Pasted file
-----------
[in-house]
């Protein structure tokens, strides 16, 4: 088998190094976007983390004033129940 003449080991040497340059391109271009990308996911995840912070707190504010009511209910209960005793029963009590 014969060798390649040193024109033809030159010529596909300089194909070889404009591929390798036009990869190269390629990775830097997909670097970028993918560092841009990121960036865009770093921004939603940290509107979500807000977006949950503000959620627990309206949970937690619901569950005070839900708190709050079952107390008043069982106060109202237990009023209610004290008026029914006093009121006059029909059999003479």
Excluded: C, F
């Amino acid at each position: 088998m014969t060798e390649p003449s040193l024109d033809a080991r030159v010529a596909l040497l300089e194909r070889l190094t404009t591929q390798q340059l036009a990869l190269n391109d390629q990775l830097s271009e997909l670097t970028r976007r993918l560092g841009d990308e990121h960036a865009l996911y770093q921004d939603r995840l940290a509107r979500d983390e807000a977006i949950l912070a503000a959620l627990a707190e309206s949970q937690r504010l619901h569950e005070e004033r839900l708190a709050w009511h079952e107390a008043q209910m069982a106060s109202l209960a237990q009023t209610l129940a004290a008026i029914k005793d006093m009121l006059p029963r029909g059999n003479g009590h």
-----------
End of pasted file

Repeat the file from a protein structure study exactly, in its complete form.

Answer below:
[in-house]
């Protein structure tokens, strides 16, 4: 088998190094976007983390004033129940 003449080991040497340059391109271009990308996911995840912070707190504010009511209910209960005793029963009590 014969060798390649040193024109033809030159010529596909300089194909070889404009591929390798036009990869190269390629990775830097997909670097970028993918560092841009990121960036865009770093921004939603940290509107979500807000977006949950503000959620627990309206949970937690619901569950005070839900708190709050079952107390008043069982106060109202237990009023209610004290008026029914006093009121006059029909059999003479």
Excluded: C, F
């Amino acid at each position: 088998m014969t060798e390649p003449s040193l024109d033809a080991r030159v010529a596909l040497l300089e194909r070889l190094t404009t591929q390798q340059l036009a990869l190269n391109d390629q990775l830097s271009e997909l670097t970028r976007r993918l560092g841009d990308e990121h960036a865009l996911y770093q921004d939603r995840l940290a509107r979500d983390e807000a977006i949950l912070a503000a959620l627990a707190e309206s949970q937690r504010l619901h569950e005070e004033r839900l708190a709050w009511h079952e107390a008043q209910m069982a106060s109202l209960a237990q009023t209610l129940a004290a008026i029914k005793d006093m009121l006059p029963r029909g059999n003479g009590h």